## The DSL, MDA, UML thing again...

Simon Johnston (IBM/Rational) on Domain Specific Languages and refinement:

My position is that the creation of domain specific languages that do not seamlessly support the ability to transform information along the refinement scale are not helpful to us. So, for example, a component designer that is a stand alone tool unconnected to the class designer that provides the next logical level of refinement (classes being used to construct components) is a pot hole in the road from concept to actual implementation. Now, this is not as I have said to indicate that domain specific languages are bad, just that many of us in this industry love to create new languages be they graphical, textual or conceptual. We have to beware of the tendency to build these disjoint languages that force the user to keep stopping and jumping across another gap.

I am not sure I want to go back to the argument between IBM and Microsoft about this stuff, but I think the notion of refinement is important from a linguistic point of view (e.g., embedding, language evolution, type systems, reasoning etc.)

But can refinement of the sort discussed here work in practice, or does it depend on language-design savvy architects? Maybe the difference between IBM and Microsoft is that the IBM approach assumes all modelling knowledge will come pre-packaged, being designed by modelling professionals and embedded in tools, where as the Microsoft approach assumes more design expertise from users?

Feel free to correct me, I am really unsure where all this is heading anyway...

## Comment viewing options

### Specialization?

Was wondering whether DSL is meant to promote specialization in the software process?

(see related article on Separating job functions).

The problem with software, to paraphrase Hawking, is that "It's software all the way down".

### paraphrase Hawking?

What's he got to do with it? The anecdote isn't about him, or is there more than one?

### Just gisting

The original quote is about it being Turtles all the way down. For some reason that reminds me of the difficulty of seperating functions within software development - no matter where you draw the lines, it's still software on both sides of the division.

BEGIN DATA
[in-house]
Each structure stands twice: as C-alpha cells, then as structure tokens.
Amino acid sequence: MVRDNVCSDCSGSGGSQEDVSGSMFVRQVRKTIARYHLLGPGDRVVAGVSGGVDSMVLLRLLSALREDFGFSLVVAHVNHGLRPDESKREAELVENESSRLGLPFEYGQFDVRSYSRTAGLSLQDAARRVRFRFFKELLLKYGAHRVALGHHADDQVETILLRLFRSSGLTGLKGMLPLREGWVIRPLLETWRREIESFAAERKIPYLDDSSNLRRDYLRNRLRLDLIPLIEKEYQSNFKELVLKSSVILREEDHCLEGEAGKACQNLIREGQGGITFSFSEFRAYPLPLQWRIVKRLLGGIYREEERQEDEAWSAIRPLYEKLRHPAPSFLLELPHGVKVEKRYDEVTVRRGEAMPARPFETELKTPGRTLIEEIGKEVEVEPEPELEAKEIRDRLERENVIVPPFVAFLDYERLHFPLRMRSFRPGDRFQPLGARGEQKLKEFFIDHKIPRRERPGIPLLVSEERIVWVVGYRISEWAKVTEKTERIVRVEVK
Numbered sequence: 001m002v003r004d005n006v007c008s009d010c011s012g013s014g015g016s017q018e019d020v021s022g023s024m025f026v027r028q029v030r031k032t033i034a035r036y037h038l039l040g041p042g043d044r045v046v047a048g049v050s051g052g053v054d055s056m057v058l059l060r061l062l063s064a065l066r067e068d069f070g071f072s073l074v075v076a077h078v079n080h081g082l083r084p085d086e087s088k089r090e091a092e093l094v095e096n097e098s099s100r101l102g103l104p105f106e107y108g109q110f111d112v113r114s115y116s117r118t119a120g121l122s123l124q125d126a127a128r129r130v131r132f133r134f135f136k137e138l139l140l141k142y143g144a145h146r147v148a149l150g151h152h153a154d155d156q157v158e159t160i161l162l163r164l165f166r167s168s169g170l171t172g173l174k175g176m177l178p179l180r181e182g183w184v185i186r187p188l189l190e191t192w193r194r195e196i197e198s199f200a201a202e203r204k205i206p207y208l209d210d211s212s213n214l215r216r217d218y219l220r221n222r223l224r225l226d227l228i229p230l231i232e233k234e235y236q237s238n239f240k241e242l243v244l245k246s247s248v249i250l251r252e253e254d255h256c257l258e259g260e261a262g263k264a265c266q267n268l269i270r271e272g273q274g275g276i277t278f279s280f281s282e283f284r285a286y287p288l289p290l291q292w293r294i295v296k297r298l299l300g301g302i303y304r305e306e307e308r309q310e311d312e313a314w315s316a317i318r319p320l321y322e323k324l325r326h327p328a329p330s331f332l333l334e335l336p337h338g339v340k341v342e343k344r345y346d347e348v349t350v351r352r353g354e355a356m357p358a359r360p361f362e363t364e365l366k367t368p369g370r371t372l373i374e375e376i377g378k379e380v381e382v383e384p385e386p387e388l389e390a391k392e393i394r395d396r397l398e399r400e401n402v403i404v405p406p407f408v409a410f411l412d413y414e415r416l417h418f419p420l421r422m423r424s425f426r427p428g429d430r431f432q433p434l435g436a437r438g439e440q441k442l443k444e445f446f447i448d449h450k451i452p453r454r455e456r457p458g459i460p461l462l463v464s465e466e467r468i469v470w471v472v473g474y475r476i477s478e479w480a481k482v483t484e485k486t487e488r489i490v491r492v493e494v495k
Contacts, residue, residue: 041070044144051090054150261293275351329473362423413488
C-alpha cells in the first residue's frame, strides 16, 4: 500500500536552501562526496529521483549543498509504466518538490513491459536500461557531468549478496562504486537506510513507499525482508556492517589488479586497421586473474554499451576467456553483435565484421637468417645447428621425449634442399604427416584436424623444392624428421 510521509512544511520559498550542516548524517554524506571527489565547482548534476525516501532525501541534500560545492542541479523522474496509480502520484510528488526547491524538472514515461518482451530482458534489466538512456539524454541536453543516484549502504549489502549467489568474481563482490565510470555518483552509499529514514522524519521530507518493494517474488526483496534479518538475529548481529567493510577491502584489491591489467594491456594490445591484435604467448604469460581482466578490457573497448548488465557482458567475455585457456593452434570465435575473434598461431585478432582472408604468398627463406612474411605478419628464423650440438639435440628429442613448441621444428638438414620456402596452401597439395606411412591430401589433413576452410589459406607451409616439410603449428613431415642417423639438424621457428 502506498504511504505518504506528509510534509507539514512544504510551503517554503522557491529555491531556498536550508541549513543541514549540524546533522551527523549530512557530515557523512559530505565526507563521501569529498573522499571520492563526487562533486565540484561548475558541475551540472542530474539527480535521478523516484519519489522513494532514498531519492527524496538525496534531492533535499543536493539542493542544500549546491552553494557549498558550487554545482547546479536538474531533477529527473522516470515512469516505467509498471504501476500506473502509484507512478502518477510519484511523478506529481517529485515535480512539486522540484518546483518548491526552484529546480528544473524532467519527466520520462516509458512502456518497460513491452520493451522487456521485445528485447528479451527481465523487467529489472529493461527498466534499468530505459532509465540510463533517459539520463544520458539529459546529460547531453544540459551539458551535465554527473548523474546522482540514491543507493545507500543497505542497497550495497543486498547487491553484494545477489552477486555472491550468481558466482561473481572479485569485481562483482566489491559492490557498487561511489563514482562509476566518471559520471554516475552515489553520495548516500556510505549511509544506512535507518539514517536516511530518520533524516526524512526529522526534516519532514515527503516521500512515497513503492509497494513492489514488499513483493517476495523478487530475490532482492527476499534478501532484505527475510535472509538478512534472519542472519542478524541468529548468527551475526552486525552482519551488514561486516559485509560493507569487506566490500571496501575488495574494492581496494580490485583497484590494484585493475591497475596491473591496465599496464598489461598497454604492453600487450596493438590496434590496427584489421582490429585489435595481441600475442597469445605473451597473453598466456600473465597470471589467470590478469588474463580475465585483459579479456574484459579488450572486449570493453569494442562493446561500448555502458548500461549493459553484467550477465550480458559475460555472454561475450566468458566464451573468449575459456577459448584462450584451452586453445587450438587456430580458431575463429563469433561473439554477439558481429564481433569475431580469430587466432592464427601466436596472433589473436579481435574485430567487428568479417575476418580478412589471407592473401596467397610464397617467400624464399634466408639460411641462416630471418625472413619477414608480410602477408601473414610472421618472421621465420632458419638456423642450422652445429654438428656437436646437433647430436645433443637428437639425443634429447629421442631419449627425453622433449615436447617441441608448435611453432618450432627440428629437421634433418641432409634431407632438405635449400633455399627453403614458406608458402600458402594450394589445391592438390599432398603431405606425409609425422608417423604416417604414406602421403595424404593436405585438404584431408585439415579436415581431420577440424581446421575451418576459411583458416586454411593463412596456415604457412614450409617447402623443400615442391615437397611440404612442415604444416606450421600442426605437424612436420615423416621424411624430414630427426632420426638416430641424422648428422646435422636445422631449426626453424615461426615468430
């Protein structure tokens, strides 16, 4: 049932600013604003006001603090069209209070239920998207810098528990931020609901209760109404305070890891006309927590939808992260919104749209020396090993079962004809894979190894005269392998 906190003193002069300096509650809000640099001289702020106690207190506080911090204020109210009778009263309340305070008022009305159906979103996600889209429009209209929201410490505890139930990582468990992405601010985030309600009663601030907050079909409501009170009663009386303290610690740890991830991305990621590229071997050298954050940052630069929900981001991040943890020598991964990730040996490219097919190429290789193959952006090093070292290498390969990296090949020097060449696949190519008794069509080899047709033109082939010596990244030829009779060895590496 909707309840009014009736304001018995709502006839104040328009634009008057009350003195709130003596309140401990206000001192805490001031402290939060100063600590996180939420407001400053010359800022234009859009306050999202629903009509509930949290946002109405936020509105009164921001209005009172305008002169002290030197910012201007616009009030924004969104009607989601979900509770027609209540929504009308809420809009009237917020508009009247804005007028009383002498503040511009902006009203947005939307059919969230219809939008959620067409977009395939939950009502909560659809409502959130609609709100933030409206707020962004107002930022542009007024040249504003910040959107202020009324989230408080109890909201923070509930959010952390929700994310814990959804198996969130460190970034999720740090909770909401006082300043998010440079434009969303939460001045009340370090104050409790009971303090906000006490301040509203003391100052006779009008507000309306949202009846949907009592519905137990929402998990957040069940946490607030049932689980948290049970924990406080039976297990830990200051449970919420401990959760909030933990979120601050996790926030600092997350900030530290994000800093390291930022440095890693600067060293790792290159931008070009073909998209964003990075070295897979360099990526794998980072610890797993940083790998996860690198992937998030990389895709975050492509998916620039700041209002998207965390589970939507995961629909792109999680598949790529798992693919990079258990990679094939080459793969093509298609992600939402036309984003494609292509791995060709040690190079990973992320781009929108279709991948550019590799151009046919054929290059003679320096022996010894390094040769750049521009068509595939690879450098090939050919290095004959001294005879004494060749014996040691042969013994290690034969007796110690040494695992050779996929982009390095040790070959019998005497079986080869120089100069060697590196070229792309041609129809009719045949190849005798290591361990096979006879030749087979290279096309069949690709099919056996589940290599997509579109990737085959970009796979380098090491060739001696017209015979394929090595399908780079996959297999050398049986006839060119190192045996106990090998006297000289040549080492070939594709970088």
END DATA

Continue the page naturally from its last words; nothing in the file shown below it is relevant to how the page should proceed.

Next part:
### Of course it's about turtles, it 's just not from Hawking

Eddington's the guy, IIRC. Maybe Russell (but I think that's the one with the punch line "Oh alright, I thought you said 100 million years"). Definitely not Hawking.

### Hawking popularized it

The opening of "A Brief History of Time" starts with the turtle story.

### Darn it...

Ok, right. Now I see it.

But to make things even more frustrating Hawking just writes "a wellknown scientist (some say it was Bertrand Russell)". No wonder I wasn't sure who it was.

### russel or feynman

I want to remember it was feynman, perhaps recounted in his "pleasure of finding things out".

However, tha intarweb is siding with the russel hypothesis.

### Similar problem

no matter where you draw the lines, it's still software on both sides of the division.

This reminds me of a coworker who likes to pull my chain saying that "it's all syntax." If you formally define semantics, you are simply using syntax again etc. I am sure everyone here understands what we mean when we say semantics aren't the same as syntax, but try arguing with someone who is smart and tries to resist the distinction. It's quite frustrating :-)

### Syntax vs. semantics

This reminds me of a coworker who likes to pull my chain saying that "it's all syntax."... try arguing with someone who is smart and tries to resist the distinction. It's quite frustrating :-)

If he can argue that, he could probably equally convincingly argue that "it's all semantics." A little cleverness is a dangerous thing! :)

I think most researchers understand that the barrier between syntax and semantics is porous. Like rationals, an object typically admits many ways of factoring itself into syntactic and semantic parts, including ways in which one or the other is trivial. But (and this is very vague but) I think you can only find factorizations where the semantic part is trivial if the object in question is computable'. A way to attack the "it's all syntax" argument is to point out the chicken-egg problem between, for example, set theory and logic; the same argument works for "it's all semantics." (We don't know that set theory is consistent, for instance.)